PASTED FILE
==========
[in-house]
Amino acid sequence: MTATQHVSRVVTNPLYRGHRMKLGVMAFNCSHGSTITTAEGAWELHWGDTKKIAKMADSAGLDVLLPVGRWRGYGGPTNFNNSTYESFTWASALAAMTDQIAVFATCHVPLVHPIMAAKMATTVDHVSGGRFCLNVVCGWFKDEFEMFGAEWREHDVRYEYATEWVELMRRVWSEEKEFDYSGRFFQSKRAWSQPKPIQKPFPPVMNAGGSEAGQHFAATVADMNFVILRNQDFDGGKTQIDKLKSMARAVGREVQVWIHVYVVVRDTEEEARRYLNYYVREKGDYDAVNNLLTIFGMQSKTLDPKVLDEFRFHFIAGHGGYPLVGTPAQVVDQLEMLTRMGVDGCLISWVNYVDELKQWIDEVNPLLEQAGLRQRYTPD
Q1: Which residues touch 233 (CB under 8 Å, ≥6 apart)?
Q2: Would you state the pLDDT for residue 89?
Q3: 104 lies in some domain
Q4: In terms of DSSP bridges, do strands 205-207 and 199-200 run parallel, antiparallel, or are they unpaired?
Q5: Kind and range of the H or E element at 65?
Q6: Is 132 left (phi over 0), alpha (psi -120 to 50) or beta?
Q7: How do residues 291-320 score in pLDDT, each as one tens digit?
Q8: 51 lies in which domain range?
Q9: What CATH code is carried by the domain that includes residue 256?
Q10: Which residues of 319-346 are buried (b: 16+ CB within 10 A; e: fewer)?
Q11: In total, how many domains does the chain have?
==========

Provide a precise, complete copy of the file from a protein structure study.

[in-house]
Amino acid sequence: MTATQHVSRVVTNPLYRGHRMKLGVMAFNCSHGSTITTAEGAWELHWGDTKKIAKMADSAGLDVLLPVGRWRGYGGPTNFNNSTYESFTWASALAAMTDQIAVFATCHVPLVHPIMAAKMATTVDHVSGGRFCLNVVCGWFKDEFEMFGAEWREHDVRYEYATEWVELMRRVWSEEKEFDYSGRFFQSKRAWSQPKPIQKPFPPVMNAGGSEAGQHFAATVADMNFVILRNQDFDGGKTQIDKLKSMARAVGREVQVWIHVYVVVRDTEEEARRYLNYYVREKGDYDAVNNLLTIFGMQSKTLDPKVLDEFRFHFIAGHGGYPLVGTPAQVVDQLEMLTRMGVDGCLISWVNYVDELKQWIDEVNPLLEQAGLRQRYTPD
Q1: Which residues touch 233 (CB under 8 Å, ≥6 apart)?
Q2: Would you state the pLDDT for residue 89?
Q3: 104 lies in some domain
Q4: In terms of DSSP bridges, do strands 205-207 and 199-200 run parallel, antiparallel, or are they unpaired?
Q5: Kind and range of the H or E element at 65?
Q6: Is 132 left (phi over 0), alpha (psi -120 to 50) or beta?
Q7: How do residues 291-320 score in pLDDT, each as one tens digit?
Q8: 51 lies in which domain range?
Q9: What CATH code is carried by the domain that includes residue 256?
Q10: Which residues of 319-346 are buried (b: 16+ CB within 10 A; e: fewer)?
Q11: In total, how many domains does the chain have?